The Financial Conduct Authority (FCA) is today proposing to reform the easy access cash savings market.
Under new rules all firms will have to set a single easy access rate (SEAR) across all easy access accounts. Firms will have flexibility to offer multiple introductory rates for up to 12 months, then they will need to choose one SEAR for their easy access cash savings accounts, and one for their easy access cash savings ISAs.
The FCA has previously raised concerns that competition is not working well for many of the 40 million consumers who hold either an easy access savings account or easy access cash ISA. Many longstanding customers currently receive poor outcomes and the FCA wants firms to focus more on these savers. The FCA’s proposals aim to improve competition in the market, encouraging firms to increase the interest rates they offer as well as protecting those consumers that currently receive the lowest interest rates. The FCA estimates that consumers will benefit by £260m from higher interest payments.
Christopher Woolard, Executive Director of Strategy & Competition at the FCA said:
‘Competition is not working well for many of the 40 million consumers with easy access savings accounts and we want that to change. Our proposals would mean firms have a single rate for customers immediately after their accounts have been open for 12 months. Firms will choose the rates they offer, and the rates they offer will have to be clearly published.
‘This will prevent firms from gradually reducing interest rates over time and make them compete for all their customers. We are concerned that many longstanding customers are seeing a poor outcome and we want firms to focus more on these customers. The new rate will also make it easier for savers to know whether they are getting a good deal after any introductory offer has expired.’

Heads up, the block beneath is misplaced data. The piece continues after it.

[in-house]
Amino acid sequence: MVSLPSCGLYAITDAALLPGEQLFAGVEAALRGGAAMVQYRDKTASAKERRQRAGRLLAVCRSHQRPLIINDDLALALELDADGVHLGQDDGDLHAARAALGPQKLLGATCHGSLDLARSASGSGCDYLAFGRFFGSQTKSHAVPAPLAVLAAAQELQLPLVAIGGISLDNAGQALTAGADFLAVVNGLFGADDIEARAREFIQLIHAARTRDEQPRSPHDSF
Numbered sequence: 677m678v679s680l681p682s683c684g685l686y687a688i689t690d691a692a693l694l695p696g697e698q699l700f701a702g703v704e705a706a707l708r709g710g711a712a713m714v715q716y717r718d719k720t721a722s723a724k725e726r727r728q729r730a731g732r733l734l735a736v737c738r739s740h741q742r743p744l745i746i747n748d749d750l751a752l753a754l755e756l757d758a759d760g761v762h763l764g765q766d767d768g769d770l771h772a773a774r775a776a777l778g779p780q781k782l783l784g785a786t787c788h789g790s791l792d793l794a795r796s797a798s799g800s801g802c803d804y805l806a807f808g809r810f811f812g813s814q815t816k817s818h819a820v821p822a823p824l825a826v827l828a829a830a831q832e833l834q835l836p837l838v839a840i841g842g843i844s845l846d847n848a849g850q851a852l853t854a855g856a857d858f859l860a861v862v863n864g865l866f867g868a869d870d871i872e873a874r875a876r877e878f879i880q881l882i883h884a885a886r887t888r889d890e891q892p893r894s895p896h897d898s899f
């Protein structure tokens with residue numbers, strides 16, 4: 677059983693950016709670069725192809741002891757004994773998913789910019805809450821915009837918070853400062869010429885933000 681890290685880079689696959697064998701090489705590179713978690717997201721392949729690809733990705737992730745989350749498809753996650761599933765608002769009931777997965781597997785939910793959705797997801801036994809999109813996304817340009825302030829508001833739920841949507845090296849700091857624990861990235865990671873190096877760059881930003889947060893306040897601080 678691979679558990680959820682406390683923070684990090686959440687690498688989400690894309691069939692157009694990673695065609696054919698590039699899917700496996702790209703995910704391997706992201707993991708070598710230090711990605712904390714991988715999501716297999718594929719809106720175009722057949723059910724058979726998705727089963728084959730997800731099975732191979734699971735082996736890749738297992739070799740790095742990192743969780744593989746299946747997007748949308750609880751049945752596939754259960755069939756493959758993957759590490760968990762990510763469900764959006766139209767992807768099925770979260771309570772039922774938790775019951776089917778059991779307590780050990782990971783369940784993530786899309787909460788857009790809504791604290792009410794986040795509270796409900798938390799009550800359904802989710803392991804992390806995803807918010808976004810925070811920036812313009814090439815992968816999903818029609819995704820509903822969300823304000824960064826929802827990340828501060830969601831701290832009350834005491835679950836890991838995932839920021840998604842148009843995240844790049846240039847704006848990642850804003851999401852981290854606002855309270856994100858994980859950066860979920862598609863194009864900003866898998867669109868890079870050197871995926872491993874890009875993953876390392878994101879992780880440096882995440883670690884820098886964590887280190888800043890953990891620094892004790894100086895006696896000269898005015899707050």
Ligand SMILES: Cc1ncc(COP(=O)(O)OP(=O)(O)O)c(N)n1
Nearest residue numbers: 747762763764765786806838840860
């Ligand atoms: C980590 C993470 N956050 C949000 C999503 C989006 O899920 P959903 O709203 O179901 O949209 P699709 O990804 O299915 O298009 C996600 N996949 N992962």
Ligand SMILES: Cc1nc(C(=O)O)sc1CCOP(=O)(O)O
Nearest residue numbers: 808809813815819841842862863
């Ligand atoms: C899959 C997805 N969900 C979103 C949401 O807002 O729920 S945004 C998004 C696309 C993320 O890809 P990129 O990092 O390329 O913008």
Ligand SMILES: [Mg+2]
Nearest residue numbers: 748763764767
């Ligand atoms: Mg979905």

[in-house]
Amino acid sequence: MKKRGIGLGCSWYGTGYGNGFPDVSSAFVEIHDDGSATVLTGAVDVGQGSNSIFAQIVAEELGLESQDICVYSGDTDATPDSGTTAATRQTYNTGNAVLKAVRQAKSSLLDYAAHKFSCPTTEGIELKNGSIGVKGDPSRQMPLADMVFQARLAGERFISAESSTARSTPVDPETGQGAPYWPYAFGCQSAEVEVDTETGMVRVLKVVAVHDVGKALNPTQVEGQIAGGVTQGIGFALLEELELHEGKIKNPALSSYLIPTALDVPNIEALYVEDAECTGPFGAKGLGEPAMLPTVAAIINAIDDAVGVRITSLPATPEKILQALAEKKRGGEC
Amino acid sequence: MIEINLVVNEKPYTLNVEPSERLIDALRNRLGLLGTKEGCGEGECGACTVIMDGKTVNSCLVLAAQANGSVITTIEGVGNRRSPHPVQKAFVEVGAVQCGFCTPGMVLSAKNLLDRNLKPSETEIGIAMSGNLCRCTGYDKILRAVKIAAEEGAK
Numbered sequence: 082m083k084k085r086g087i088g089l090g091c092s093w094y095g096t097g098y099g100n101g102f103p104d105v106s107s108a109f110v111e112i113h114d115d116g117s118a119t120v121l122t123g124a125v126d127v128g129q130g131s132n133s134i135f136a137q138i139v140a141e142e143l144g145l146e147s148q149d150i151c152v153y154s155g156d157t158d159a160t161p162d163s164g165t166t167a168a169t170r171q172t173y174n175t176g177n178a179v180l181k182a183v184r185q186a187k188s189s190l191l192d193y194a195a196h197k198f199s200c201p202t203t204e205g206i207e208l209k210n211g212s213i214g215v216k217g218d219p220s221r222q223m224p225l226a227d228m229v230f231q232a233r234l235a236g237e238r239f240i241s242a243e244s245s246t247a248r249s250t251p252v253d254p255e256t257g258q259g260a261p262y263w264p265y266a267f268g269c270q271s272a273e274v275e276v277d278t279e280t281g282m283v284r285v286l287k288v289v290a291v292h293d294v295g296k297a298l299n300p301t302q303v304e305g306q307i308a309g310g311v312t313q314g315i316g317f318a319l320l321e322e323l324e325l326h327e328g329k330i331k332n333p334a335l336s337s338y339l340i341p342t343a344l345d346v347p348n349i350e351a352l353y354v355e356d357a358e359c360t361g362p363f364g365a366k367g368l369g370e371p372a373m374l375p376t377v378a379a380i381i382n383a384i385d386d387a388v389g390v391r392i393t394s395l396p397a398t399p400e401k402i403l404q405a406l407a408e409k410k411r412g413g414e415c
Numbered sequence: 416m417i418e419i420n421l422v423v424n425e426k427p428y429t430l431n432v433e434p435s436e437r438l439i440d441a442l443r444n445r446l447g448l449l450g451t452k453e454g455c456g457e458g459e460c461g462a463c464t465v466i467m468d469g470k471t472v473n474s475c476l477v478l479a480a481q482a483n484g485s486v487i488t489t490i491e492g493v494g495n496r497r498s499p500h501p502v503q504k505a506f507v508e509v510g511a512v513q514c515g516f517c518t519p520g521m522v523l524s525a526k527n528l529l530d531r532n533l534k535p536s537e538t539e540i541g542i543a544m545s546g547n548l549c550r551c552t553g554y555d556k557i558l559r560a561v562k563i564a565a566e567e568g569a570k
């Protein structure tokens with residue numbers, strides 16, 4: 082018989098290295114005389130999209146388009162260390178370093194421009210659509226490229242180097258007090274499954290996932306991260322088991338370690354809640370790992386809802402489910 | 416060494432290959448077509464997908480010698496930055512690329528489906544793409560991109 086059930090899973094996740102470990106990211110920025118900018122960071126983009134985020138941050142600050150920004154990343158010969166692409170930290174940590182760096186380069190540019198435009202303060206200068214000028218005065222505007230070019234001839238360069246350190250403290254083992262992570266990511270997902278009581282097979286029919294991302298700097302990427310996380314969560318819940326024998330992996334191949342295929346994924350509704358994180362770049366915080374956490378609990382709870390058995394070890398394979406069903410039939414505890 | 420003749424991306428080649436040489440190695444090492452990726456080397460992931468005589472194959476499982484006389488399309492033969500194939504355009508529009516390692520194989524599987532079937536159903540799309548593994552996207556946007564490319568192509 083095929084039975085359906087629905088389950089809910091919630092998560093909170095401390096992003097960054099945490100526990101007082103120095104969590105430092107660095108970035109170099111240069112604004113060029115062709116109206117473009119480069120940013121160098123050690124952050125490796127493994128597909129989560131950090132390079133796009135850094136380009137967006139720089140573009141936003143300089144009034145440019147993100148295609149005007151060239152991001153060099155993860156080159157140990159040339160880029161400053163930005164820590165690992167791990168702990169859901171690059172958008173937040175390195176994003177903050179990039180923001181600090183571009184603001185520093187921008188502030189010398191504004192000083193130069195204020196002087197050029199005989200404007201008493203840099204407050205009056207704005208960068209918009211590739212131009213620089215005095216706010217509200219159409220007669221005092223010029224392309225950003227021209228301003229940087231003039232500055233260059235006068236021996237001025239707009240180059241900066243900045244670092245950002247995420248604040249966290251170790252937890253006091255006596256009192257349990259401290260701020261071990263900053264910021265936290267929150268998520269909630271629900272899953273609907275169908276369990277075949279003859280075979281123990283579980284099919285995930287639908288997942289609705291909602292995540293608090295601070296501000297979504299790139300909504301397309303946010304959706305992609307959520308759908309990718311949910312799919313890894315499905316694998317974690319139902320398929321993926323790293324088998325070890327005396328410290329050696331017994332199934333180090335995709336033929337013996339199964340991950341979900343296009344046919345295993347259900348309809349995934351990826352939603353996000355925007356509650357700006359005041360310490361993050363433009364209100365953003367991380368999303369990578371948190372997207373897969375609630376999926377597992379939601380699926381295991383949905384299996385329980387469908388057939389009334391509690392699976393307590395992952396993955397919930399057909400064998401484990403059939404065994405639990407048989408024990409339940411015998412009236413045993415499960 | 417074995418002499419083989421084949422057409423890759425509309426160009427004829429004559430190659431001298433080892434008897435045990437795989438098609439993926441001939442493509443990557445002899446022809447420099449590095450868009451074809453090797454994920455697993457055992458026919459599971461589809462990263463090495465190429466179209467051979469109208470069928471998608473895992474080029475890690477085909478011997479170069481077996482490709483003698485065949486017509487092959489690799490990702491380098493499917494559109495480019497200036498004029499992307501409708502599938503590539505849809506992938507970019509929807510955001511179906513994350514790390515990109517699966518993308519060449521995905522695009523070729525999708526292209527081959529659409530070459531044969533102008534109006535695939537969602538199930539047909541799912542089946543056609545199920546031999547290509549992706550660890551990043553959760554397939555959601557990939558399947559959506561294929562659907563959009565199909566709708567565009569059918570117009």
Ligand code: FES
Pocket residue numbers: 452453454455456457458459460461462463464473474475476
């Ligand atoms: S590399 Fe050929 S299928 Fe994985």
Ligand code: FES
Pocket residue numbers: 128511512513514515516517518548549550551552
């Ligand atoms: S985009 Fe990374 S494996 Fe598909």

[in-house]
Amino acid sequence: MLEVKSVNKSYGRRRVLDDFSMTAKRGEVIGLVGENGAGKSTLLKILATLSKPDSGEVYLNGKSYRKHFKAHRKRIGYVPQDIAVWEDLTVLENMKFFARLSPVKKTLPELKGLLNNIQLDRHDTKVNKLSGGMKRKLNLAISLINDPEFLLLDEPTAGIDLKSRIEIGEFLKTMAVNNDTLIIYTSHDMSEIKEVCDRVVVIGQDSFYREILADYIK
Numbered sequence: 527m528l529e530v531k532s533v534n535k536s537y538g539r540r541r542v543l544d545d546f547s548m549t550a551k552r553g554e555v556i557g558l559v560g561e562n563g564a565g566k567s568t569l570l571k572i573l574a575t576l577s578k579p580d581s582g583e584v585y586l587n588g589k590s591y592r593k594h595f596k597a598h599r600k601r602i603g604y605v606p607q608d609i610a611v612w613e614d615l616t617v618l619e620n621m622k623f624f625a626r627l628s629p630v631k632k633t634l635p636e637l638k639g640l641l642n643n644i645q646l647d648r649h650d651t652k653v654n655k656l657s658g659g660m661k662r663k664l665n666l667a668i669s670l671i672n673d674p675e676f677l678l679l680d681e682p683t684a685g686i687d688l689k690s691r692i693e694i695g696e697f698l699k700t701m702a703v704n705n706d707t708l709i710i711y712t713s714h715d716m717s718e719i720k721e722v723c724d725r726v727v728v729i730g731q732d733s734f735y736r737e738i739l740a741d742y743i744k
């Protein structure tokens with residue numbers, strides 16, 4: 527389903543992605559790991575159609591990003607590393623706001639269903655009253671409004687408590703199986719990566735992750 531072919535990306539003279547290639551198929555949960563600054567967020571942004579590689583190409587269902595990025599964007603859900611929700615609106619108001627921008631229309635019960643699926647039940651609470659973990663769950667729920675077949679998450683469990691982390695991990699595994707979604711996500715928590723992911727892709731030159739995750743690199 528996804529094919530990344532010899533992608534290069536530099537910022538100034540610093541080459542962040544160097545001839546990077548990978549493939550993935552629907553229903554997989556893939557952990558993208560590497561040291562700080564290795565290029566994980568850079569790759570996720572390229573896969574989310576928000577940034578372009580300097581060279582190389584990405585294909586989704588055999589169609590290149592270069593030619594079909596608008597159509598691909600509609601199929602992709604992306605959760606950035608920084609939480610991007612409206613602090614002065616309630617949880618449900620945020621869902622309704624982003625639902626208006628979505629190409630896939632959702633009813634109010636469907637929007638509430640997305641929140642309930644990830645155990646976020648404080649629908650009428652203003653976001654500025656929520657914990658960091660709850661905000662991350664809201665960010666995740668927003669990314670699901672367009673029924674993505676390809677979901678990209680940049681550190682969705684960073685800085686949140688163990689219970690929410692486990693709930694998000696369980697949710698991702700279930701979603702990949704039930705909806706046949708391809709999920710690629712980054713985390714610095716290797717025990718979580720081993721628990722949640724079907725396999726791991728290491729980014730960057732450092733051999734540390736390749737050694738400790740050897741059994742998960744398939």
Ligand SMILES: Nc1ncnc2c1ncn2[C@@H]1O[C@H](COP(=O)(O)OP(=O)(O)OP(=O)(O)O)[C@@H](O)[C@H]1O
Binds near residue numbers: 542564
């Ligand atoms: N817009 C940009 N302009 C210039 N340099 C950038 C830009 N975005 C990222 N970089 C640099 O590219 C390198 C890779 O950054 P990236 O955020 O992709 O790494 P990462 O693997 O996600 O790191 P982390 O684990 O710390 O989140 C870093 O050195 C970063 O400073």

The FCA expects that longstanding customers will benefit from higher interest rates because firms will compete on the SEAR. The SEAR works by requiring firms to pay the same rate to longstanding customers as to customers who have recently come off an introductory offer and are deciding whether to switch or stay with their current product. To retain customers coming off introductory offers, it is expected that firms will set their SEARs higher than the current rates offered to longstanding customers.
The proposals will also require firms to publish data every 6 months on the SEARs they offer. This will make them easier to compare at the time of opening their account, with the rates that other firms are currently offering. Longstanding customers would also find it easier to see whether their existing product gives them a good interest rate because their provider will have only one such rate rather than many such rates changing over time. The proposals are limited to easy access savings accounts because this is where the FCA found harm in the cash savings market study.
The FCA is now seeking feedback on the proposals set out in this Consultation Paper, by 9 April 2020.